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Every student deserves the right to reach their potential

Every child deserves an effective education that truly prepares them for success. The data is crystal clear – those states with the greatest increase in educational outcomes are the states with the largest increases in the income of their people and businesses.

Gov. McCrory and I believe what most North Carolinians believe, that the purpose of an education is to gain the skills and knowledge that you need to get a job, earn money, and enjoy life.

When it comes to getting real results in education we must agree on 3 things:

First: No economy can grow faster than the rate at which the quality of its workforce improves.

Second: Our workforce can only improve when we have an education system that is preparing the next generation of leaders for the world of the future, not the past.

Third: We need to commit ourselves to being student focused. Our focus should be on the students and outcomes, not grown-ups and money.

The payoff from this investment is the future growth and economic vitality of our state.

But let’s talk about money for a minute. Targeted education investments in student engagement and real, measurable results are the best investments we can make in our workforce, and an investment in our workforce is the best investment we can make in our economy. The payoff from this investment is the future growth and economic vitality of our state. Despite the political rhetoric on both sides of the aisle, here are some of the education investments that North Carolina is making in its public schools:

  • Since 2011, as we have continued to recover from one of the worst economic crises in our nation’s history, our state’s overall education spending has gone up every year.1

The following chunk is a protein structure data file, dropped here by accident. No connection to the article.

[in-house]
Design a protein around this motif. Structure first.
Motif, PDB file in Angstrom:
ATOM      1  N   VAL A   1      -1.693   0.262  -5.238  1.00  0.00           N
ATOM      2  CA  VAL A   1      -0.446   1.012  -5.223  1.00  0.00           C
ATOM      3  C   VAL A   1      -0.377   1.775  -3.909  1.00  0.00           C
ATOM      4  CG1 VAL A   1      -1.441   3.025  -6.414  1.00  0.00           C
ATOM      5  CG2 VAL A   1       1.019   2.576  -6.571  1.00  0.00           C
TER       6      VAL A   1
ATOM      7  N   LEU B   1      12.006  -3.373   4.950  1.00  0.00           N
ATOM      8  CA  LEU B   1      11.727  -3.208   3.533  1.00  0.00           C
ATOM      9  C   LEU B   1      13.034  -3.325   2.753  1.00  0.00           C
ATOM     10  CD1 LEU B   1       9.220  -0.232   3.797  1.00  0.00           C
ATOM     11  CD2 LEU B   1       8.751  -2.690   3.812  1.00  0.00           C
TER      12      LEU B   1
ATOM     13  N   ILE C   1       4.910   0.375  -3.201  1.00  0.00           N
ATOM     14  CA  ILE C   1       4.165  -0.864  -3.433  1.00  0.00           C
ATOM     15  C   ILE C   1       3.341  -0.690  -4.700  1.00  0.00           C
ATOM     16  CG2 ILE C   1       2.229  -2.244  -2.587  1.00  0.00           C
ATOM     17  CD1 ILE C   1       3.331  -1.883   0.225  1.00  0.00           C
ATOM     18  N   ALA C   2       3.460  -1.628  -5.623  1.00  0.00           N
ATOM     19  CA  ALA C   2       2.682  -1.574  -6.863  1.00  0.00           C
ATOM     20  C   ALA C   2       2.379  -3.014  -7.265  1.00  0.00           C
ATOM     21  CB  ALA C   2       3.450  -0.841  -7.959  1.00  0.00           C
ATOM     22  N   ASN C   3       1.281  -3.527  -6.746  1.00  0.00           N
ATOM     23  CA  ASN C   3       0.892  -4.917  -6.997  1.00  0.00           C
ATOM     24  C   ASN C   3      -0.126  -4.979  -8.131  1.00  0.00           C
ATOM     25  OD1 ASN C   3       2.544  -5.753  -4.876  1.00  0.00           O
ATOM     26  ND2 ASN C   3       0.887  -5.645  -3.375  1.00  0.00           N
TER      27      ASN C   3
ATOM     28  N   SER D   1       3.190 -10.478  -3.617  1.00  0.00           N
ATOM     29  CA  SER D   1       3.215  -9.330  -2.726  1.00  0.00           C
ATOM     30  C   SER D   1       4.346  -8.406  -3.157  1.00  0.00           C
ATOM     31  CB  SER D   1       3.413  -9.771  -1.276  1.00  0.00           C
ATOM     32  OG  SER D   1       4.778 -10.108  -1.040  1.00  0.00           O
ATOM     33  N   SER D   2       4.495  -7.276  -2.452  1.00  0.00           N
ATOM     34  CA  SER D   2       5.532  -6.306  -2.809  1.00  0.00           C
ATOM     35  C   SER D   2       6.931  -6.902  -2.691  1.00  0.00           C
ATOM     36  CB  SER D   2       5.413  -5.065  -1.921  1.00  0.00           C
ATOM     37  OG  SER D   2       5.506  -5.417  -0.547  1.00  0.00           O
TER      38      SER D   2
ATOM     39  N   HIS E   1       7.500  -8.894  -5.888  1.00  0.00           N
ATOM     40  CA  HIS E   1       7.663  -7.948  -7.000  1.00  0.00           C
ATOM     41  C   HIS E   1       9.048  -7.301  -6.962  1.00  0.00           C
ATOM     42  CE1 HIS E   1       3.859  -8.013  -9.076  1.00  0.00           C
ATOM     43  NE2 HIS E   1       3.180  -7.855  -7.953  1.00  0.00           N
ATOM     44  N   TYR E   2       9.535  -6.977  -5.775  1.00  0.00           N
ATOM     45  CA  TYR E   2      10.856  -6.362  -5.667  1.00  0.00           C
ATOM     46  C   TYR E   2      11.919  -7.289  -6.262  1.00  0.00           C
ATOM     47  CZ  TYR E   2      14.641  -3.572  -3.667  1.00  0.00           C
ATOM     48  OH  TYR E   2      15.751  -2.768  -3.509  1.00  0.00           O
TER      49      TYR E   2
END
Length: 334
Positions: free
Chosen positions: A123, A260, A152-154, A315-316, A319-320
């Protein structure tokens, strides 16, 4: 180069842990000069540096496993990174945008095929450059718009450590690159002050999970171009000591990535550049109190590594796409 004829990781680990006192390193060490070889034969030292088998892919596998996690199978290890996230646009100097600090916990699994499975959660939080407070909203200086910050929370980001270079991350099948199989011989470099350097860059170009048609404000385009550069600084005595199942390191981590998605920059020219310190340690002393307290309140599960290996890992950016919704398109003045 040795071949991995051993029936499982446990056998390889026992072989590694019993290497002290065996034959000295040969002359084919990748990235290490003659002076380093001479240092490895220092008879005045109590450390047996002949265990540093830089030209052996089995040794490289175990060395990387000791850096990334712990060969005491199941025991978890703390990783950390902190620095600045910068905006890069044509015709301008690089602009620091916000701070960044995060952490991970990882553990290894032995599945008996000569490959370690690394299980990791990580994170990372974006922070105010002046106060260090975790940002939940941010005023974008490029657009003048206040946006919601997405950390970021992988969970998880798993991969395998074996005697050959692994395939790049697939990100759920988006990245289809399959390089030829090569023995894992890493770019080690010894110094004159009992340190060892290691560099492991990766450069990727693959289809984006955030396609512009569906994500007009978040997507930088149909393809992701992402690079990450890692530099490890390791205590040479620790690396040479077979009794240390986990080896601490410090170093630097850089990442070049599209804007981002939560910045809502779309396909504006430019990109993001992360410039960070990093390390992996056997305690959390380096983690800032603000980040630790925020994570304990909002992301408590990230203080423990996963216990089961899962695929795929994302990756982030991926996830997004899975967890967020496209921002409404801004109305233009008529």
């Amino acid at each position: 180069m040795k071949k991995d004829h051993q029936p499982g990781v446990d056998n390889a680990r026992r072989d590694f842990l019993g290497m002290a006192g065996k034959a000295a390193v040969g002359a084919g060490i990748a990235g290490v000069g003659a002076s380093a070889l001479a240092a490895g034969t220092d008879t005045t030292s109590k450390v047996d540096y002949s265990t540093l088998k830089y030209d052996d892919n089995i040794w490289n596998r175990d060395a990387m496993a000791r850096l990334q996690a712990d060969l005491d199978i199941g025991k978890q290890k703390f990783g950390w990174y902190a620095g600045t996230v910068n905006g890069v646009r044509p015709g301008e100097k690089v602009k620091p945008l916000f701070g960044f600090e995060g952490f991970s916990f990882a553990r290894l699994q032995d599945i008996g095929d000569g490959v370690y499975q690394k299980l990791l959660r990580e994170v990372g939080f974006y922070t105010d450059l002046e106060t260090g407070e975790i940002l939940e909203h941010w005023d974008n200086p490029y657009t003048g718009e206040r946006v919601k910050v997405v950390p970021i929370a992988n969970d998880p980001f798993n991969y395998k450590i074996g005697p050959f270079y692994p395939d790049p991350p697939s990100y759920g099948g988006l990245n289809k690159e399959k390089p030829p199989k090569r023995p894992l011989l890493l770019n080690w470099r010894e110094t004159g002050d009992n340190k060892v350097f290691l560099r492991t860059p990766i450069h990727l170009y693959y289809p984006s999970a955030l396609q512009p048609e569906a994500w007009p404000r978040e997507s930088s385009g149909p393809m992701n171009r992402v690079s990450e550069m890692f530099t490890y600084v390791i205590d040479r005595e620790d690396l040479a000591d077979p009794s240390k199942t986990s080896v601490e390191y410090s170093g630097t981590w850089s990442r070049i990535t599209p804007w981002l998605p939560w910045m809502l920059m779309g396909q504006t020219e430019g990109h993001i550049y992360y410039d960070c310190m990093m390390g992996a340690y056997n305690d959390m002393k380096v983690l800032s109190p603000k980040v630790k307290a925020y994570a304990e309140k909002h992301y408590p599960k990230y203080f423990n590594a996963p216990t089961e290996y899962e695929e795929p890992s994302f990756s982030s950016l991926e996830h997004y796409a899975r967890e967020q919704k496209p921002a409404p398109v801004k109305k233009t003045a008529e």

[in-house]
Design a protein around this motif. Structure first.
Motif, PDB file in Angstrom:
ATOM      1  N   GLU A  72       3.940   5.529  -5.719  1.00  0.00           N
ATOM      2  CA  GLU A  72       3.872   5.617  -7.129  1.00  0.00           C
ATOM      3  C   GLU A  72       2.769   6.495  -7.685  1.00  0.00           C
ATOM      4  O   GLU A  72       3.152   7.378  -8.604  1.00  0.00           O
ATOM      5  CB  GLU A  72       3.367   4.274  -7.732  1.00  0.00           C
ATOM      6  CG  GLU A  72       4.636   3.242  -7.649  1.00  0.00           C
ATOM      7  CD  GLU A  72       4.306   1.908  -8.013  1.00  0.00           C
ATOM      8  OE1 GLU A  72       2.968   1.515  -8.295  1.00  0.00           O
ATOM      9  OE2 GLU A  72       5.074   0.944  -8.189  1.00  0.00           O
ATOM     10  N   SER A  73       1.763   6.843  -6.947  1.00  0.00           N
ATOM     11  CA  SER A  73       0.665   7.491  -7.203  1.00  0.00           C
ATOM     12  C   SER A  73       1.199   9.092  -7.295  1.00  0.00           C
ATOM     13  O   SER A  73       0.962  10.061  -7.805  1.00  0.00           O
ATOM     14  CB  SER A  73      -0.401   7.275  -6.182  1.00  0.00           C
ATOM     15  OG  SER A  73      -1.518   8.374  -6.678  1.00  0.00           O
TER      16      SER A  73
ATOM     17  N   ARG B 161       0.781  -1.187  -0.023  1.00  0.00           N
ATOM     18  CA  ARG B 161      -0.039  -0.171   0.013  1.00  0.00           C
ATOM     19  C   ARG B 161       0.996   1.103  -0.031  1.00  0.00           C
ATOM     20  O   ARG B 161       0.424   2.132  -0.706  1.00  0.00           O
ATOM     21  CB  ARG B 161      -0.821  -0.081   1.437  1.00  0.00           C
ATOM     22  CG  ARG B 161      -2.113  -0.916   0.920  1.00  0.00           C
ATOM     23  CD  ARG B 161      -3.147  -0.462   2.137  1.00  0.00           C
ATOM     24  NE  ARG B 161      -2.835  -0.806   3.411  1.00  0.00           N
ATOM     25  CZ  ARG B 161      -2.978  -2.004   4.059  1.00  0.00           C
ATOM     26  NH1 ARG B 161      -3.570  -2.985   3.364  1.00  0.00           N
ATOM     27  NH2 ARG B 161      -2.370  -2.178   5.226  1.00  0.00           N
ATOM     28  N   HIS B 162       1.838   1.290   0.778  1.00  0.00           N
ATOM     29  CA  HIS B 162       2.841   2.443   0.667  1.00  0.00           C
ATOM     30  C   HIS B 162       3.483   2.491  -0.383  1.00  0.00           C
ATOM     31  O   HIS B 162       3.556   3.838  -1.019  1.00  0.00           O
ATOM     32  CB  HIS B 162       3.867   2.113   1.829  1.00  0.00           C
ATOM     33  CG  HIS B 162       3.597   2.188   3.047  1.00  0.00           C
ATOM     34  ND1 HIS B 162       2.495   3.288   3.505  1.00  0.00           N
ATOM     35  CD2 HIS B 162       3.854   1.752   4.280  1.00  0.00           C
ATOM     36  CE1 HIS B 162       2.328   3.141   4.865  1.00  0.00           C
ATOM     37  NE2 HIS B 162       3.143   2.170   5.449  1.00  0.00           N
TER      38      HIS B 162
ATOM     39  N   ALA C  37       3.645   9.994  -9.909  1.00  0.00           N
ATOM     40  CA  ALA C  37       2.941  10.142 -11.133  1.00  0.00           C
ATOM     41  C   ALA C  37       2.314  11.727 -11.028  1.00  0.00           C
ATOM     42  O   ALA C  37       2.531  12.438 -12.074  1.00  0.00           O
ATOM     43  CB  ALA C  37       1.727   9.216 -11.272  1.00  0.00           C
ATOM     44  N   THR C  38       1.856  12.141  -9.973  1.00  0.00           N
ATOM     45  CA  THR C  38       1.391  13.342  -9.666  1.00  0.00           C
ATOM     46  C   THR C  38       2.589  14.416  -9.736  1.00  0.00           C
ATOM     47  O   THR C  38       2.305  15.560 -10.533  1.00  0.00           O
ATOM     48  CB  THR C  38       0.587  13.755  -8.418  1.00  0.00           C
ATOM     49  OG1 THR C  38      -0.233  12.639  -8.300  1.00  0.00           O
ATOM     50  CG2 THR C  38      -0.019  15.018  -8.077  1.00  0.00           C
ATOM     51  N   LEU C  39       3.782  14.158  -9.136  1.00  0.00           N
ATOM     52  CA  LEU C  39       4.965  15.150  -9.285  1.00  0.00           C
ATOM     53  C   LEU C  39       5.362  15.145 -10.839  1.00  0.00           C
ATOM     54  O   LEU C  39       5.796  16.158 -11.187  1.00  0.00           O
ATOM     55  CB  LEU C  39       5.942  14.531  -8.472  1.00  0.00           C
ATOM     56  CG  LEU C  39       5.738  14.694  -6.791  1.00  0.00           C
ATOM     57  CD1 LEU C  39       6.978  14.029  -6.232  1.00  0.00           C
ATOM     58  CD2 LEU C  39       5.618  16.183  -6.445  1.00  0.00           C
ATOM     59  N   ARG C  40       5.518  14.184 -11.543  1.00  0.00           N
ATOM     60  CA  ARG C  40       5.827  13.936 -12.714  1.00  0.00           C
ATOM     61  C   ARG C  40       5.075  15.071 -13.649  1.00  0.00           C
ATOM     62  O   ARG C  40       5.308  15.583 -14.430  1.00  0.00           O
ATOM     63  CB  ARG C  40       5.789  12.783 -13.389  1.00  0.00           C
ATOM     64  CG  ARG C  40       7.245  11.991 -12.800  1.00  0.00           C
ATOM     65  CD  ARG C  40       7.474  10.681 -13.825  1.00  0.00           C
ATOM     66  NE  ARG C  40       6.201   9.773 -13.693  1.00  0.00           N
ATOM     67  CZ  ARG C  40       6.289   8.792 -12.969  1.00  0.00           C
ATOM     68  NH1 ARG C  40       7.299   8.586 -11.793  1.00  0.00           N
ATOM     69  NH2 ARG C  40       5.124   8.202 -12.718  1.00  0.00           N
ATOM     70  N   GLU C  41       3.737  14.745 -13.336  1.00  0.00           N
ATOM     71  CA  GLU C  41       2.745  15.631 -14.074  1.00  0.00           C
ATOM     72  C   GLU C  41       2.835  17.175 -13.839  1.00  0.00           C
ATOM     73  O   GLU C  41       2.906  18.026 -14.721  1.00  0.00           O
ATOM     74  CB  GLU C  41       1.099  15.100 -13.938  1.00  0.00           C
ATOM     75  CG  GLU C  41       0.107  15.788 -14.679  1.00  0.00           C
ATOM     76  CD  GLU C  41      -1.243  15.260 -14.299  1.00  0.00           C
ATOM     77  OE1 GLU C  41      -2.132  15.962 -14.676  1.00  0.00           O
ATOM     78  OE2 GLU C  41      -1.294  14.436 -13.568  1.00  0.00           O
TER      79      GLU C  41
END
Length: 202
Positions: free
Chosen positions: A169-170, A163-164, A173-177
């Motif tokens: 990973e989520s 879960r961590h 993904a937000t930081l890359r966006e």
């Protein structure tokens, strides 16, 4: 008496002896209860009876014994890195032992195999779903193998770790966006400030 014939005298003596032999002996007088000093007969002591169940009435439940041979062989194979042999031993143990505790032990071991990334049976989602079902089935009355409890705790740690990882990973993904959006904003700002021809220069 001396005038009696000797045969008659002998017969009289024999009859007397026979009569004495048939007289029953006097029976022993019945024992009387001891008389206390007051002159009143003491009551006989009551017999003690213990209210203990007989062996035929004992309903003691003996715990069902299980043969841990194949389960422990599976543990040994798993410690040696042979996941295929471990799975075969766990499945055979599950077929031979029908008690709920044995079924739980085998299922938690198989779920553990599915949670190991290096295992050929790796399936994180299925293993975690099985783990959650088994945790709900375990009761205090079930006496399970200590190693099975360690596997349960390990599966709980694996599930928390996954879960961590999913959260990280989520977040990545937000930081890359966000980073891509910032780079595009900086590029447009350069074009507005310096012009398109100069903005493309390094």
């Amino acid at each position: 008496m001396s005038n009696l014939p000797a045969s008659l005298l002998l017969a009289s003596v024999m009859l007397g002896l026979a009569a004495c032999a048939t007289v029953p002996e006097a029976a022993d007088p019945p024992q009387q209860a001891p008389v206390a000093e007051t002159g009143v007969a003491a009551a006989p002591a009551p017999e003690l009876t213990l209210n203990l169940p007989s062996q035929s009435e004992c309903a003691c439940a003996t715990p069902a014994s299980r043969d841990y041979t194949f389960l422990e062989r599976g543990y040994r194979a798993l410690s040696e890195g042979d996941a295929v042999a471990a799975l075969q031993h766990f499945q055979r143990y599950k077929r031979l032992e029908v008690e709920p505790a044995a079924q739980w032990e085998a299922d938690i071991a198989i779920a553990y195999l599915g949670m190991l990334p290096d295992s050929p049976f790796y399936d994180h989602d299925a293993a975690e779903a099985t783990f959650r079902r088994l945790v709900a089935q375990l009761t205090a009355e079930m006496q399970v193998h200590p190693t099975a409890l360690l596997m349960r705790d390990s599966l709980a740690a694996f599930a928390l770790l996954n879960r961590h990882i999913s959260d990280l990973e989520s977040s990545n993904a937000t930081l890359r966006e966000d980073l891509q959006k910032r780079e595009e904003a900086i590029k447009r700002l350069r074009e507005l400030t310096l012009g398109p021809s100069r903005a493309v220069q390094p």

• North Carolina spends a higher percentage of tax revenues on higher education than any other state.2
  • In the last session, we worked together with our Community College system to close the skills gap by reinvesting $15 million into the state’s 58 community colleges to train students and workers to compete for high demand, high skill, high wage jobs.3
  • And last year, working side by side with teachers, students and parents, we invested over $300 million dollars into our most critical educational resource, our teachers.4 We passed one of the largest teacher raises in North Carolina history and began to modernize the way we reward our teachers so that they can earn more money faster and stay in the profession that develops our next generation of leaders.

So as we enter 2015 and embark upon a new legislative session in North Carolina, where do we go from here? Here are three major components of Gov. McCrory’ s educational vison for ensuring that every student, regardless of circumstance, is able to reach their potential.

We need more job-ready degrees and credentials faster and at less cost

In order to reach our potential we need to be put in real world situations and learn real world skills, and those skills and situations are always changing. Every 10 years, citizens have to learn a whole new set of skills if they want to compete in the workforce. We need to be lifelong learners and the goal of education must be to provide opportunities for us to quickly upgrade our skills and be able to prove it in the workplace.

In short, our challenge and our opportunity in education is that we need to move to a seamless, mastery based model in education. We need to change our model from one that is based on seat time in irrelevant courses that don’t apply to the real world, and bubble tests that don’t measure what matters most. We need more job-ready degrees faster and at less cost. We need to move urgently toward a model that gives us the skills to show what we know and what we can do.

Readers, teachers, and leaders are the key